A space full of grace: Chapel offers streamed-Mass for patients

Chaplain Fr Darryl Mackie in the new chapel in the busy, modern hospital. A new room, below. PHOTO: Giovanni Portelli

Sydney’s St Vincent’s Private Hospital has become the first in Australia to stream daily Masses from their chapel to patients’ rooms.

The technology is part of a new $95 million east wing re-development currently underway at the Darlinghurst hospital, which once completed will provide 48 extra beds, two new operating theatres including a hybrid theatre, laundry, cafeteria, rehabilitation and consultation rooms and a hydrotherapy pool.

The much-anticipated new chapel is also a feature of the massive renovation complete with state-of-the-art technology including provisions for the hearing impaired, speakers to stream music, extra wide doors to allow beds to be wheeled in and out as well as fire proofing technology.

Funded completely by benefactors, the chapel renovation uses the signature stained-glass windows as an eye-catching backdrop for the new altar.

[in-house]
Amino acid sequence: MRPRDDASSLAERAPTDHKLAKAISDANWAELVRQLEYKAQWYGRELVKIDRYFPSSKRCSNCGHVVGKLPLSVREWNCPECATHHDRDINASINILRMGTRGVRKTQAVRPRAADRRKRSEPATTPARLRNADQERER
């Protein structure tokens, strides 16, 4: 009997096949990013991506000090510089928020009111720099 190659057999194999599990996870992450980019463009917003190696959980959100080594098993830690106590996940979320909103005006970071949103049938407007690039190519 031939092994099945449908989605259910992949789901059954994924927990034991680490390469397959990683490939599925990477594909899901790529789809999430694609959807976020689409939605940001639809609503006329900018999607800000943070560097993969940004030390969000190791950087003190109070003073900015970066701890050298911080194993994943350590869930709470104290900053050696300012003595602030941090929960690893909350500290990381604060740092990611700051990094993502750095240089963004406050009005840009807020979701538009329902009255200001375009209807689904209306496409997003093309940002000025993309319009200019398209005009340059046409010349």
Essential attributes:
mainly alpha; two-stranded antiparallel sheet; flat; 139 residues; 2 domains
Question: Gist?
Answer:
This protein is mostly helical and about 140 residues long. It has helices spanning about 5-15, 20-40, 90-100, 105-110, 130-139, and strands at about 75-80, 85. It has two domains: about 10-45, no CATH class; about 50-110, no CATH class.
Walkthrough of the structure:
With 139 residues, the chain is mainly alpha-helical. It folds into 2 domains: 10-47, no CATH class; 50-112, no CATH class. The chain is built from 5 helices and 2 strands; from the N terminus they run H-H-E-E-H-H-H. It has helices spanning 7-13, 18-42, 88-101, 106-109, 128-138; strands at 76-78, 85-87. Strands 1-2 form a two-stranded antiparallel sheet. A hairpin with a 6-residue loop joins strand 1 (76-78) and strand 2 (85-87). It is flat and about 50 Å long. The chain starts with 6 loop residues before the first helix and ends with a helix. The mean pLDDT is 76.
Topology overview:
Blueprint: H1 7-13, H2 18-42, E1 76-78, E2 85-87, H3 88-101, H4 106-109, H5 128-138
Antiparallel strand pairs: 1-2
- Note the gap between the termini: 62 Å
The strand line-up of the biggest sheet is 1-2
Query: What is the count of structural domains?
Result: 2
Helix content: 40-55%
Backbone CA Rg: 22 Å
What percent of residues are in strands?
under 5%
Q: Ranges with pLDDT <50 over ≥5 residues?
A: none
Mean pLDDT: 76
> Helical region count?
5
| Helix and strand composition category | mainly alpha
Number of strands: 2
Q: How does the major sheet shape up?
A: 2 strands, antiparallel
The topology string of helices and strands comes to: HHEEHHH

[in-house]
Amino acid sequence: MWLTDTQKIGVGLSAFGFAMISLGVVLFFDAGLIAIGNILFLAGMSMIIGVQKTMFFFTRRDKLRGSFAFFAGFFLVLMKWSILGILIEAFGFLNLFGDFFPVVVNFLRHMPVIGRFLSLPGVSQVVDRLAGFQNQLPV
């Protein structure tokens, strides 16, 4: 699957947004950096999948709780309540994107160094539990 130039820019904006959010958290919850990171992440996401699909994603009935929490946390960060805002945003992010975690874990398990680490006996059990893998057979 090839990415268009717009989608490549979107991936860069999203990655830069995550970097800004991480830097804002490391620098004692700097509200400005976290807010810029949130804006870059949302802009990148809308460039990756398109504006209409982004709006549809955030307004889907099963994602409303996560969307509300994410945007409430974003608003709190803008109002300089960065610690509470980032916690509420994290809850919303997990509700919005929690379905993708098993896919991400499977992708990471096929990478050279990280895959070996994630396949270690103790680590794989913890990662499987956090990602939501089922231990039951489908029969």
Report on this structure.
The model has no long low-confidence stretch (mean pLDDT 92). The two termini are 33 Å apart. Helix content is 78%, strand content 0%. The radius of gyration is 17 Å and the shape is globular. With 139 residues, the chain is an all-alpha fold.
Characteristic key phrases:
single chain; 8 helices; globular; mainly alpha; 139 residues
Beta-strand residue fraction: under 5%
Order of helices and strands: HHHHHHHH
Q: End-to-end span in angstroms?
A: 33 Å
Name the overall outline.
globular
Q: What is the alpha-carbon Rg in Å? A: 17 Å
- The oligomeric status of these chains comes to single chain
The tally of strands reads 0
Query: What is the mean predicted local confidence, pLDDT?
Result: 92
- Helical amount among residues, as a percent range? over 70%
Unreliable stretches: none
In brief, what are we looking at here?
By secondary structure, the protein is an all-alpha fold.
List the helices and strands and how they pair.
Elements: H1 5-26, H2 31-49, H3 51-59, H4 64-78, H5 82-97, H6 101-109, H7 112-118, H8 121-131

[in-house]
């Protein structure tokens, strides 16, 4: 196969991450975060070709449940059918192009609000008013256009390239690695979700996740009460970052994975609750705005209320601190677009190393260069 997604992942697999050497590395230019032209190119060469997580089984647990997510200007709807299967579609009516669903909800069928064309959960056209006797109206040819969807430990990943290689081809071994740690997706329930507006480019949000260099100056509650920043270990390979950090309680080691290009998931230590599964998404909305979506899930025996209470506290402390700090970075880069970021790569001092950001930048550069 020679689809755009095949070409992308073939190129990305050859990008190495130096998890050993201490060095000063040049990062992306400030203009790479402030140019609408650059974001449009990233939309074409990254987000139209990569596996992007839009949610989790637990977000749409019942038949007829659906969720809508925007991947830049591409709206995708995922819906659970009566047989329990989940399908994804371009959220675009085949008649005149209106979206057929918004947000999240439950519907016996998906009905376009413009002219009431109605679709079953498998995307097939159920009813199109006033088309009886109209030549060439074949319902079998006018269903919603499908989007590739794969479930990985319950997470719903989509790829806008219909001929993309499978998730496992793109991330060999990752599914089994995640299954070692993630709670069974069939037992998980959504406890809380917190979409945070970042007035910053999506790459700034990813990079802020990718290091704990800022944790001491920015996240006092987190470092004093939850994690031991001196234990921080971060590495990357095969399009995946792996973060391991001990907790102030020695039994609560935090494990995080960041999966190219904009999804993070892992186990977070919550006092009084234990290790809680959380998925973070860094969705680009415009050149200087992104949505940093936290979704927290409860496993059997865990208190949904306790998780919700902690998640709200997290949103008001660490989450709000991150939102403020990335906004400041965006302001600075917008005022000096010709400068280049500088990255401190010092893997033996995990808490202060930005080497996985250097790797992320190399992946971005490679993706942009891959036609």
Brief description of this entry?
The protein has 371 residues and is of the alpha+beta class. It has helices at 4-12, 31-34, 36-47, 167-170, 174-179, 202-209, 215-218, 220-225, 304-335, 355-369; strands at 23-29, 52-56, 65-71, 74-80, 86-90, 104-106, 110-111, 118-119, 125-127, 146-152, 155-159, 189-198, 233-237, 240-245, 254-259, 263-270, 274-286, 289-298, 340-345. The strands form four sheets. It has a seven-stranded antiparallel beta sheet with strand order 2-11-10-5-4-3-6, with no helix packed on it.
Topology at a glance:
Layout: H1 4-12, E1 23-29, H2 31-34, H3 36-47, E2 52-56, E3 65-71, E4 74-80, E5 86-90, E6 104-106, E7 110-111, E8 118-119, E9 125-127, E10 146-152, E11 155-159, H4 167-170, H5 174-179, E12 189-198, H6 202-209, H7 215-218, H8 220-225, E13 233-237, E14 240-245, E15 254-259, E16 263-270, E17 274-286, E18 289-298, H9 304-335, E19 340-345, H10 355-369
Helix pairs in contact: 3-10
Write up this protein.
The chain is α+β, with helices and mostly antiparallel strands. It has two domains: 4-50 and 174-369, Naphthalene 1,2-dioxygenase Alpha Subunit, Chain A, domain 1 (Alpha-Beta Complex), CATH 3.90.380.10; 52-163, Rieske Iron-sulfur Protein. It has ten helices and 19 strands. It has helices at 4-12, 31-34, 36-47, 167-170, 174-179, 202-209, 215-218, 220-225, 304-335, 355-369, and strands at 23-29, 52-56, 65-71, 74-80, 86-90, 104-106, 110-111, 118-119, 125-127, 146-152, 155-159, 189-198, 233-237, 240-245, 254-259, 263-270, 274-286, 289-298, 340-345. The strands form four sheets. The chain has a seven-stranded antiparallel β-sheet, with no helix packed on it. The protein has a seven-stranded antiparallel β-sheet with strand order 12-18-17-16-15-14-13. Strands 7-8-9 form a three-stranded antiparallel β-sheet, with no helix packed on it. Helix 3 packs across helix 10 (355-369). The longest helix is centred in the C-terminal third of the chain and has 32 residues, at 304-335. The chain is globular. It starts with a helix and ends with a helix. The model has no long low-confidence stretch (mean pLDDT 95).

A special feature of the new chapel pays tribute to Sydney’s first Archbishop, Bede Polding, who died in 1877 where the chapel now stands.

Such was his impact on the early formation of Australian Catholic identity, his funeral saw around 100,000 mourners line the streets of Sydney – at the time an estimated 10 per cent of the state’s population.

Chaplain Fr Darryl Mackie said the new chapel was purposely-designed to meet the needs of today’s busy paced hospital community while remembering its rich history.
He said it assisted the hospital in providing the physical, mental, emotional and social support to people of all denominations.

“We are an incredibly busy hospital so the chapel gives people the perfect opportunity to escape the hustle and bustle for some solitude in a beautiful and sacred space,” he said. “I hear time and time again from staff, patients and their family and friends what a comfort it is knowing this chapel is here.

“And we wanted to make sure it was a space for everyone. Not all staff or patients are Catholic so we ensured the new design was a place everyone would feel welcome in what can be an incredibly stressful time.

“Archbishop Bede Polding died right here in the chapel so we set up a plaque at the very spot to remind people that this is a very special place.

“We are very proud of the new chapel and while building works will be ongoing for some time, we hope we have provided a place for people who want to sit in solitude.”

The multi-million dollar development will be completed in mid-2020.